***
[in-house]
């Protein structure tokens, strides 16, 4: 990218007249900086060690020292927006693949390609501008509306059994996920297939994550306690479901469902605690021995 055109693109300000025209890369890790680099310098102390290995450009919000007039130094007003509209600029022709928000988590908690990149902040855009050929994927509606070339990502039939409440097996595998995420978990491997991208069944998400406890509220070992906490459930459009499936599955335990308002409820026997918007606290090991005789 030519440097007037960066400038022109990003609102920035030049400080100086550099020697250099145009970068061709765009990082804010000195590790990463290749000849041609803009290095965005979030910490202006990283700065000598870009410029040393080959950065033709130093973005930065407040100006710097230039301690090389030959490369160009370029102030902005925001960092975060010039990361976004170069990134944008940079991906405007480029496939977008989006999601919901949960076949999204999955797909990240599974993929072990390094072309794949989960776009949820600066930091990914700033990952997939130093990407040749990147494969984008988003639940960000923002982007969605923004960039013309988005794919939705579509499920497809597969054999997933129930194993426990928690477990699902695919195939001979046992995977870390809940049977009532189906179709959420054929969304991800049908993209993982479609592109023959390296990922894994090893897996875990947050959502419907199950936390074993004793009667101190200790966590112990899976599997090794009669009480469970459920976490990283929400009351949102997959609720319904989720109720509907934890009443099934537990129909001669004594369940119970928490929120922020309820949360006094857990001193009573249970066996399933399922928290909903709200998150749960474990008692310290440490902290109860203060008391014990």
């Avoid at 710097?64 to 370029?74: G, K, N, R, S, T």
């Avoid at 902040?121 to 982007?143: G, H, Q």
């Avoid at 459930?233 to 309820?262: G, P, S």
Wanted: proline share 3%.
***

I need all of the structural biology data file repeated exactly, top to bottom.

[in-house]
């Protein structure tokens, strides 16, 4: 990218007249900086060690020292927006693949390609501008509306059994996920297939994550306690479901469902605690021995 055109693109300000025209890369890790680099310098102390290995450009919000007039130094007003509209600029022709928000988590908690990149902040855009050929994927509606070339990502039939409440097996595998995420978990491997991208069944998400406890509220070992906490459930459009499936599955335990308002409820026997918007606290090991005789 030519440097007037960066400038022109990003609102920035030049400080100086550099020697250099145009970068061709765009990082804010000195590790990463290749000849041609803009290095965005979030910490202006990283700065000598870009410029040393080959950065033709130093973005930065407040100006710097230039301690090389030959490369160009370029102030902005925001960092975060010039990361976004170069990134944008940079991906405007480029496939977008989006999601919901949960076949999204999955797909990240599974993929072990390094072309794949989960776009949820600066930091990914700033990952997939130093990407040749990147494969984008988003639940960000923002982007969605923004960039013309988005794919939705579509499920497809597969054999997933129930194993426990928690477990699902695919195939001979046992995977870390809940049977009532189906179709959420054929969304991800049908993209993982479609592109023959390296990922894994090893897996875990947050959502419907199950936390074993004793009667101190200790966590112990899976599997090794009669009480469970459920976490990283929400009351949102997959609720319904989720109720509907934890009443099934537990129909001669004594369940119970928490929120922020309820949360006094857990001193009573249970066996399933399922928290909903709200998150749960474990008692310290440490902290109860203060008391014990």
């Avoid at 710097?64 to 370029?74: G, K, N, R, S, T």
């Avoid at 902040?121 to 982007?143: G, H, Q």
């Avoid at 459930?233 to 309820?262: G, P, S």
Wanted: proline share 3%.